YouTube Hatemongers Are India’s New Stars

YouTube Hatemongers Are India’s New Stars

  • Misogynistic, nationalistic rants get creators rewards—and bans—on social media.

India has banned TikTok, along with a spate of other Chinese apps. But its social media problems are homegrown—and go far beyond any one program. The country, with more than 500 million active Internet users, is the largest single market for popular applications such as WhatsApp and Facebook.  The country has already witnessed dozens of horrific lynchings, many of them occurring due to rumors spread on social media. Facebook is facing a public-relations crisis thanks to turning a blind eye to hate speech.  Now a new genre of video rants threatens to stoke further hate and anger.

In July, four Indian YouTubers were arrested for threatening to violently rape a female comedian, Agrima Joshua, after she made fun of the supporters of a proposed $408 million statue of a 17th-century Indian warrior, Chhatrapati Shivaji. Joshua’s year-old routine made her a target for nationalists and prompted threats of charges that forced her to apologize.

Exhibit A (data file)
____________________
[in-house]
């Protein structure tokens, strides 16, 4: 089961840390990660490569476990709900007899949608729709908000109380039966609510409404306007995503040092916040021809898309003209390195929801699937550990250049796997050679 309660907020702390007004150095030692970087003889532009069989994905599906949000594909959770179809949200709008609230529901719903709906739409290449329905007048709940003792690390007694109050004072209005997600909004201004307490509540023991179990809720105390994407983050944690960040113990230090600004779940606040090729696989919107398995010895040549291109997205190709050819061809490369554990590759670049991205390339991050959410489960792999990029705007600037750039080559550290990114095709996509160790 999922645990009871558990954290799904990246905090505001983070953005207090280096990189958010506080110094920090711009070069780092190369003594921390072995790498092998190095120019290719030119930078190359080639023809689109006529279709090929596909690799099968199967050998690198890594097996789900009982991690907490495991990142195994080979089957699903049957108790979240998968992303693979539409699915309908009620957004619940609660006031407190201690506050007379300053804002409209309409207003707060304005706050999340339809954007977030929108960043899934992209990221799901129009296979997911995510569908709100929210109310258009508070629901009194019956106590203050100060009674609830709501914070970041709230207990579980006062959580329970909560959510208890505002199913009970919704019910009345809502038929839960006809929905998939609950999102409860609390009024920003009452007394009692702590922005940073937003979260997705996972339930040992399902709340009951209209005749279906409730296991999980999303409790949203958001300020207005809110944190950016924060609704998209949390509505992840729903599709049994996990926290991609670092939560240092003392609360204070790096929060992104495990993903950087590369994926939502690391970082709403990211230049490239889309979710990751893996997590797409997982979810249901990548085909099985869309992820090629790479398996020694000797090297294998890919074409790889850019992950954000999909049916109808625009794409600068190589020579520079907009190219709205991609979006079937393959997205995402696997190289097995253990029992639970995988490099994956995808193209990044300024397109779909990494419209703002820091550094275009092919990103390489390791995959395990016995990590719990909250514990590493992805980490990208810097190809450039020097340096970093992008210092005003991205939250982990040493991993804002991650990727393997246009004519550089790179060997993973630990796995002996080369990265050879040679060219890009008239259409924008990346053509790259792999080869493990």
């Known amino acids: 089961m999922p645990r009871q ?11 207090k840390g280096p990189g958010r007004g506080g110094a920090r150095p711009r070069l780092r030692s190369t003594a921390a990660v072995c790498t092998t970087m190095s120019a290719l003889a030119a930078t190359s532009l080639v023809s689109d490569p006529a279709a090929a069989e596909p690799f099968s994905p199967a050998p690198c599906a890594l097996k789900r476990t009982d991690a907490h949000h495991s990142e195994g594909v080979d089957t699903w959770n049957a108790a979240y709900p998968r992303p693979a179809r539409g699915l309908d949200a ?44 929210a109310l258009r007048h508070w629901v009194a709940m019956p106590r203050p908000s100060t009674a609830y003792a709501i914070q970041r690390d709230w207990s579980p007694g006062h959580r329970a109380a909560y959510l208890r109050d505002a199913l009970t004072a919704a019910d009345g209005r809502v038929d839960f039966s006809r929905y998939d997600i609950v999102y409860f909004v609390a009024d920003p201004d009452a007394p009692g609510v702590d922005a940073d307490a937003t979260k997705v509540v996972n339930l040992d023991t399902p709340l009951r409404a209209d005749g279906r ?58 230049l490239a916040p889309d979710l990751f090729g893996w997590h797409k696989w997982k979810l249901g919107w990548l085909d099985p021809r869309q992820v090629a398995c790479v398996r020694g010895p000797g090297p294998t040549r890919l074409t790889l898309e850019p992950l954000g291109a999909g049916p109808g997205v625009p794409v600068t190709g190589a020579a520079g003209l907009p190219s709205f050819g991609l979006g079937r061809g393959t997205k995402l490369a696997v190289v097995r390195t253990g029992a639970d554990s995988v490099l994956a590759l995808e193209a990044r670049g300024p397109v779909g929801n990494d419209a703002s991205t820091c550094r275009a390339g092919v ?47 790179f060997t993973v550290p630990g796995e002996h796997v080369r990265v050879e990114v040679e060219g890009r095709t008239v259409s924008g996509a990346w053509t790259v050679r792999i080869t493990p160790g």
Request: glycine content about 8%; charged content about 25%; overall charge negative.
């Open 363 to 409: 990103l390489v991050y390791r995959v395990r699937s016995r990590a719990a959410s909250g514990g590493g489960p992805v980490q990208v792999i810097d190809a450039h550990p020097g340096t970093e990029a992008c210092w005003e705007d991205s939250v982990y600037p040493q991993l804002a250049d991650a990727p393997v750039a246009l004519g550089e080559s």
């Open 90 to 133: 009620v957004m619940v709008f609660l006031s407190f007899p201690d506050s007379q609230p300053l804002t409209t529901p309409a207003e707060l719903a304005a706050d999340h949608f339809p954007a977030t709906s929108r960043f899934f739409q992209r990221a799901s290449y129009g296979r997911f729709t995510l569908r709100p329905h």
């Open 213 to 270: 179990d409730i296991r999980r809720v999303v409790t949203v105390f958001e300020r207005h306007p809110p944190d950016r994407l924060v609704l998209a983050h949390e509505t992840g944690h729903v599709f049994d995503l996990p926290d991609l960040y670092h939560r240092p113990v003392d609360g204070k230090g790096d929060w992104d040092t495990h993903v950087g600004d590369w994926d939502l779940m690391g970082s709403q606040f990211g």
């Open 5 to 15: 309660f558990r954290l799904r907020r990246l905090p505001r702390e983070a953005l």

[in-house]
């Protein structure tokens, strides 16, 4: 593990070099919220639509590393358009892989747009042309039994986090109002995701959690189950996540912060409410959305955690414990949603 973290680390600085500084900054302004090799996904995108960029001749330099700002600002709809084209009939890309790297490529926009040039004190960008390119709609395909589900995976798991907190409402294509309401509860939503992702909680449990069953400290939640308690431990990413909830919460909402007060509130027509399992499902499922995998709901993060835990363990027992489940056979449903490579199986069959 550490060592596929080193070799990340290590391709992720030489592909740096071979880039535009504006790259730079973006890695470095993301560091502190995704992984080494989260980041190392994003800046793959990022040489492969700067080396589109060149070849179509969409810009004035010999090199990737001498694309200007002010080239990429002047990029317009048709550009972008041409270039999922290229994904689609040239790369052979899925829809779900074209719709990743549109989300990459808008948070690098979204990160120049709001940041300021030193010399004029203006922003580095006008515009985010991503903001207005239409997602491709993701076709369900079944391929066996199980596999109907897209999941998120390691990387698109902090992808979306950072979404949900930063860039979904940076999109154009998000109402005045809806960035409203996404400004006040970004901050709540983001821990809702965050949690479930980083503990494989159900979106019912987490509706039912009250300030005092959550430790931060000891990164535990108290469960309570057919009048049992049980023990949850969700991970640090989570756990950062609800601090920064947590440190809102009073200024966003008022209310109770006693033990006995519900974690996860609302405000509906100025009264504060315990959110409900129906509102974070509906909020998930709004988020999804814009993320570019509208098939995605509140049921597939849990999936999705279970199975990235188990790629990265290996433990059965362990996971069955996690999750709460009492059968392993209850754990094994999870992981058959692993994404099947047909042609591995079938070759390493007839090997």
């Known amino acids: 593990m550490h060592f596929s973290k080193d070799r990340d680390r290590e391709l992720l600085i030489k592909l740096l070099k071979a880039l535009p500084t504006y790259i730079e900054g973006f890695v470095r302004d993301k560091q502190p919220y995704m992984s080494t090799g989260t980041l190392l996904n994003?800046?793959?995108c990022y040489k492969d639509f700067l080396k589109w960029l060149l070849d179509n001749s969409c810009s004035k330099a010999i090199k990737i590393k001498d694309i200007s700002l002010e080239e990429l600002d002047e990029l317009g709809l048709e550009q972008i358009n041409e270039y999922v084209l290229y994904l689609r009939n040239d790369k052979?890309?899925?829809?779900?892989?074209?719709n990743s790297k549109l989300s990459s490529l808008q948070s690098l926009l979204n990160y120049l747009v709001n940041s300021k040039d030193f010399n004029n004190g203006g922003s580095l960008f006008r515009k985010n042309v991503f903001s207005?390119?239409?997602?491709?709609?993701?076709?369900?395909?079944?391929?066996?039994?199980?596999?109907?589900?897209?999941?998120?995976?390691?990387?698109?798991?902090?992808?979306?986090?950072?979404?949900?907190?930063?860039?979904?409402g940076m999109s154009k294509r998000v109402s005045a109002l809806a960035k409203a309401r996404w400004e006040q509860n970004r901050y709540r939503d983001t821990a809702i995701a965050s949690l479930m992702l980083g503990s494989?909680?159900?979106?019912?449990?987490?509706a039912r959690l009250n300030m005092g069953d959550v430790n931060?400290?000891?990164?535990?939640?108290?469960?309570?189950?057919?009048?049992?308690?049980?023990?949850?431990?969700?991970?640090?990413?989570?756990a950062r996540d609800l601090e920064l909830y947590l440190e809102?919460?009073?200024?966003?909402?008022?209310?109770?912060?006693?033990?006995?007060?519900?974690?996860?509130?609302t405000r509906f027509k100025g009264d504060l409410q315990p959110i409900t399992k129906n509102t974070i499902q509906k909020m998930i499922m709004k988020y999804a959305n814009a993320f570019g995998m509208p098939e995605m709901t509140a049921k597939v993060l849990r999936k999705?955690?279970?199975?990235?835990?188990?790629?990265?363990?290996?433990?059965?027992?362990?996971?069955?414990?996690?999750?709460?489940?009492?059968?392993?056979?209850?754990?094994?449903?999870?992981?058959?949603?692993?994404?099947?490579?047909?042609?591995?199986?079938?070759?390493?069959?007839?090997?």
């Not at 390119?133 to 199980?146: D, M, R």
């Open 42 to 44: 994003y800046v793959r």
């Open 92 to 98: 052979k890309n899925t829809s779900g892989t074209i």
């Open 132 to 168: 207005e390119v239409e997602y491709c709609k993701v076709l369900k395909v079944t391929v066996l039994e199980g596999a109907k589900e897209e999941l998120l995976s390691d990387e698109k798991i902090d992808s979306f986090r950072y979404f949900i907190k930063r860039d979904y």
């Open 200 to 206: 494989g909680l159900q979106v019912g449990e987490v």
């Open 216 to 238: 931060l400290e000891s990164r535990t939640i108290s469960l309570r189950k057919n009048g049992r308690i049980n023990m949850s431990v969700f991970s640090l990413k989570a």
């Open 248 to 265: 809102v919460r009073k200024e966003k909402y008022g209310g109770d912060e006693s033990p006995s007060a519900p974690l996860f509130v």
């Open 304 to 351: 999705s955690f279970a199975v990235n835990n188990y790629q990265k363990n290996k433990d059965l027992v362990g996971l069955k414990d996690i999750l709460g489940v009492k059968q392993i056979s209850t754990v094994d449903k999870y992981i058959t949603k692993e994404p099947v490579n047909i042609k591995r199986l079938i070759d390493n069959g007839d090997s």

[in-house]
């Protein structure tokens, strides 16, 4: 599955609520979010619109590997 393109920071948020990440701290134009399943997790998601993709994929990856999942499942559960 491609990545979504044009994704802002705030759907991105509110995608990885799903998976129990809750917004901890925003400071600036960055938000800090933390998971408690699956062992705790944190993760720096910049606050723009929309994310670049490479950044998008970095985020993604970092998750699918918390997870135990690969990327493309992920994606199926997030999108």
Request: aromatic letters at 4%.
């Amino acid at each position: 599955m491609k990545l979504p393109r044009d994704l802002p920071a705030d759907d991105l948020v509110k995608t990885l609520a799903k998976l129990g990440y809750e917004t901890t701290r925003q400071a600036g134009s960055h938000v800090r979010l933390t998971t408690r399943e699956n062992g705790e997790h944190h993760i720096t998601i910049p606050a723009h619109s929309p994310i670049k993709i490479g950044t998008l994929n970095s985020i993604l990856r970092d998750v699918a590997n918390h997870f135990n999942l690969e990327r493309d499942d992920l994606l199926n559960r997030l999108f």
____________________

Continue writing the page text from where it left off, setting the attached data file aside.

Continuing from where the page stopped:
The arrests shone light on a new genre of social media content: selfie videos shot by nationalistic social media influencers, usually young men, often in their cars, delivering rants laced with expletives and violent threats. They have followings ranging from hundreds of thousands to millions, and a list of targets that ranges from influencers in Pakistan to rival right-wingers to critics of the government of Prime Minister Narendra Modi. But their favorite targets are women, and their abuse-filled rants are full of threats of harassment and sexual violence.